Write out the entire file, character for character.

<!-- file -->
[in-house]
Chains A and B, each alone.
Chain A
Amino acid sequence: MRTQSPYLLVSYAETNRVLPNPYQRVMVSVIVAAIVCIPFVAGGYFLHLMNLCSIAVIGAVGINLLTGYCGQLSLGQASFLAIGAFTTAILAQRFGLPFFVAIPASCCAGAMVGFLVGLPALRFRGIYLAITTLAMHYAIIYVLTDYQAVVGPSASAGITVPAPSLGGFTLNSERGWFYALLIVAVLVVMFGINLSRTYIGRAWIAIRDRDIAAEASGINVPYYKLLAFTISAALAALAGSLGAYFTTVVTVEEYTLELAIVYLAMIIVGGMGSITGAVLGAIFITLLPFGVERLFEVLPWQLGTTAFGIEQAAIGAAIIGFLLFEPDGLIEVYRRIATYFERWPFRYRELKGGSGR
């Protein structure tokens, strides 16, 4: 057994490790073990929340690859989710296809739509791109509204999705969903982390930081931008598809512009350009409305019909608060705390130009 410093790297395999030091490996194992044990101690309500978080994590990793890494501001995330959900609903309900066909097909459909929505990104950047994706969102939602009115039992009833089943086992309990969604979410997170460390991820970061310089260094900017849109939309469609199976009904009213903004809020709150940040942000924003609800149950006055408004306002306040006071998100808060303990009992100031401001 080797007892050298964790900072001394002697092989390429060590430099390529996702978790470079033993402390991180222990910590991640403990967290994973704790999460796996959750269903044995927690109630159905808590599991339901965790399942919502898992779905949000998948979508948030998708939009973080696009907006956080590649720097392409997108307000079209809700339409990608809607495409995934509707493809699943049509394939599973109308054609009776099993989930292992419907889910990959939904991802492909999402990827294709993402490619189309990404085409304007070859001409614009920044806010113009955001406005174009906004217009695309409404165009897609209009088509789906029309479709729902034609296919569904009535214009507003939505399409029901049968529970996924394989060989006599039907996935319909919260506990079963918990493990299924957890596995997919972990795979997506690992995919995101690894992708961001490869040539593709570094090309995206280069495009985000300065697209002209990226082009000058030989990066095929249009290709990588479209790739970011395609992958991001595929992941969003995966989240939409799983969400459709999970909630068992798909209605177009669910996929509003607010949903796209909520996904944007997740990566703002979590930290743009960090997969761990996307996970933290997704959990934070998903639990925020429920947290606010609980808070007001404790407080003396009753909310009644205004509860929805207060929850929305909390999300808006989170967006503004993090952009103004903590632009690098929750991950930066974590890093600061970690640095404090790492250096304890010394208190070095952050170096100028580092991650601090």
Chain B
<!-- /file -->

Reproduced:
[in-house]
Chains A and B, each alone.
Chain A
Amino acid sequence: MRTQSPYLLVSYAETNRVLPNPYQRVMVSVIVAAIVCIPFVAGGYFLHLMNLCSIAVIGAVGINLLTGYCGQLSLGQASFLAIGAFTTAILAQRFGLPFFVAIPASCCAGAMVGFLVGLPALRFRGIYLAITTLAMHYAIIYVLTDYQAVVGPSASAGITVPAPSLGGFTLNSERGWFYALLIVAVLVVMFGINLSRTYIGRAWIAIRDRDIAAEASGINVPYYKLLAFTISAALAALAGSLGAYFTTVVTVEEYTLELAIVYLAMIIVGGMGSITGAVLGAIFITLLPFGVERLFEVLPWQLGTTAFGIEQAAIGAAIIGFLLFEPDGLIEVYRRIATYFERWPFRYRELKGGSGR
């Protein structure tokens, strides 16, 4: 057994490790073990929340690859989710296809739509791109509204999705969903982390930081931008598809512009350009409305019909608060705390130009 410093790297395999030091490996194992044990101690309500978080994590990793890494501001995330959900609903309900066909097909459909929505990104950047994706969102939602009115039992009833089943086992309990969604979410997170460390991820970061310089260094900017849109939309469609199976009904009213903004809020709150940040942000924003609800149950006055408004306002306040006071998100808060303990009992100031401001 080797007892050298964790900072001394002697092989390429060590430099390529996702978790470079033993402390991180222990910590991640403990967290994973704790999460796996959750269903044995927690109630159905808590599991339901965790399942919502898992779905949000998948979508948030998708939009973080696009907006956080590649720097392409997108307000079209809700339409990608809607495409995934509707493809699943049509394939599973109308054609009776099993989930292992419907889910990959939904991802492909999402990827294709993402490619189309990404085409304007070859001409614009920044806010113009955001406005174009906004217009695309409404165009897609209009088509789906029309479709729902034609296919569904009535214009507003939505399409029901049968529970996924394989060989006599039907996935319909919260506990079963918990493990299924957890596995997919972990795979997506690992995919995101690894992708961001490869040539593709570094090309995206280069495009985000300065697209002209990226082009000058030989990066095929249009290709990588479209790739970011395609992958991001595929992941969003995966989240939409799983969400459709999970909630068992798909209605177009669910996929509003607010949903796209909520996904944007997740990566703002979590930290743009960090997969761990996307996970933290997704959990934070998903639990925020429920947290606010609980808070007001404790407080003396009753909310009644205004509860929805207060929850929305909390999300808006989170967006503004993090952009103004903590632009690098929750991950930066974590890093600061970690640095404090790492250096304890010394208190070095952050170096100028580092991650601090």
Chain B